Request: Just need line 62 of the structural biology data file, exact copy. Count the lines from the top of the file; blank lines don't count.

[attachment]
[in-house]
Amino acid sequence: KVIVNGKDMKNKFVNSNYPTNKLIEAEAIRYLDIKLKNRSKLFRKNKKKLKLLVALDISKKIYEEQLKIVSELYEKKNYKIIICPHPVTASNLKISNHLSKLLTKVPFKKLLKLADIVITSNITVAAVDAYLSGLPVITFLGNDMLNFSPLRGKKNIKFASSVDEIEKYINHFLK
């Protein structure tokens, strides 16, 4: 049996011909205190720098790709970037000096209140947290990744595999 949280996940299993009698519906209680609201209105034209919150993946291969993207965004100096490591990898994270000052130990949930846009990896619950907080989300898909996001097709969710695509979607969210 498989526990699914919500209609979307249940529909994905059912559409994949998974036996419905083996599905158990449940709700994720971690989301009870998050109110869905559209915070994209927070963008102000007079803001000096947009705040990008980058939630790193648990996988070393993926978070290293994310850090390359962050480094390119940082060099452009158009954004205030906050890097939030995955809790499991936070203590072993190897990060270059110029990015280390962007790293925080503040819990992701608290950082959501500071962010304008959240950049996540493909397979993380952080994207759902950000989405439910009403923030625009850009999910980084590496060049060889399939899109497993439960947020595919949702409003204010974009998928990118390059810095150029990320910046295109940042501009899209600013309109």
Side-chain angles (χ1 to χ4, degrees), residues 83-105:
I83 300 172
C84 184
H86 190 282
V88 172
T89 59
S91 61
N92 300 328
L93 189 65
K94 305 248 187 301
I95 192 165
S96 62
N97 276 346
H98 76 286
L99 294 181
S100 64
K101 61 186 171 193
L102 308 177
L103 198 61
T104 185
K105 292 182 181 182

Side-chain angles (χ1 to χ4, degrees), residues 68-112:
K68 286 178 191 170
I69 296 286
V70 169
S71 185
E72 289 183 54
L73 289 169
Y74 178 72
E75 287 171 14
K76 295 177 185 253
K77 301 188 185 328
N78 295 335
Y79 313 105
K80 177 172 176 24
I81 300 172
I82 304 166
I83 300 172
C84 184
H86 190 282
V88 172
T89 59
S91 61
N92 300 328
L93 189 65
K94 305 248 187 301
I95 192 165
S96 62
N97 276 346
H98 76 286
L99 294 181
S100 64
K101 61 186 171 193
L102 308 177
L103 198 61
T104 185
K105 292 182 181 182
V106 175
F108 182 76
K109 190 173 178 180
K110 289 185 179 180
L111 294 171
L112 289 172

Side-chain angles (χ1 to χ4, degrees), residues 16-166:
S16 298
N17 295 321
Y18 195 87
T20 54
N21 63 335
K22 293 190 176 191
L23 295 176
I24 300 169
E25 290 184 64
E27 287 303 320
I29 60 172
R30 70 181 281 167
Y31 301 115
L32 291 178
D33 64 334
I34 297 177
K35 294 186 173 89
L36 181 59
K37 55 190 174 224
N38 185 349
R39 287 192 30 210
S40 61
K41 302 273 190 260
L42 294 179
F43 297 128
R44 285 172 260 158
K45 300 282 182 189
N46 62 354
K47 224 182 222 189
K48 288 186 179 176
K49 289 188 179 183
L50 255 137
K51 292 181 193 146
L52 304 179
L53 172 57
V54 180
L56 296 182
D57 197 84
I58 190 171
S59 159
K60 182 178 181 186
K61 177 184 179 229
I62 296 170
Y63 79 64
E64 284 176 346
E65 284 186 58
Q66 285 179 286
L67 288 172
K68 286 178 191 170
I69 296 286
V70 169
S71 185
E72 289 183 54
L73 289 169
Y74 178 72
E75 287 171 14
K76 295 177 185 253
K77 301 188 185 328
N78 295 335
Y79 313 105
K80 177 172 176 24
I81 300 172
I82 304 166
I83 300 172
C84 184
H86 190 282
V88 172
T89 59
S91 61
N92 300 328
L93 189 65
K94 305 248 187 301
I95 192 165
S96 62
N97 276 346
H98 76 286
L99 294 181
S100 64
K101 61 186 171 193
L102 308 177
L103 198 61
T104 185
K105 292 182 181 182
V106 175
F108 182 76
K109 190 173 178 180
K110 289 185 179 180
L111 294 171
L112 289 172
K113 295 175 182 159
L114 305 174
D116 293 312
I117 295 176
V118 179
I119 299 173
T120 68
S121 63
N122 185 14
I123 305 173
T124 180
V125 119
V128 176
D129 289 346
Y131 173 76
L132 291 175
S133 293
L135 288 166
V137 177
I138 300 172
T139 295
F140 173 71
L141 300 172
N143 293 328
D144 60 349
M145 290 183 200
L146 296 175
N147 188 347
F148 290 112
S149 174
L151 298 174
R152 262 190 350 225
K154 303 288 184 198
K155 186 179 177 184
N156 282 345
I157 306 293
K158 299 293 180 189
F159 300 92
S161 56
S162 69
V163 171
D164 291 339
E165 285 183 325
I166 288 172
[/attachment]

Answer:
F108 182 76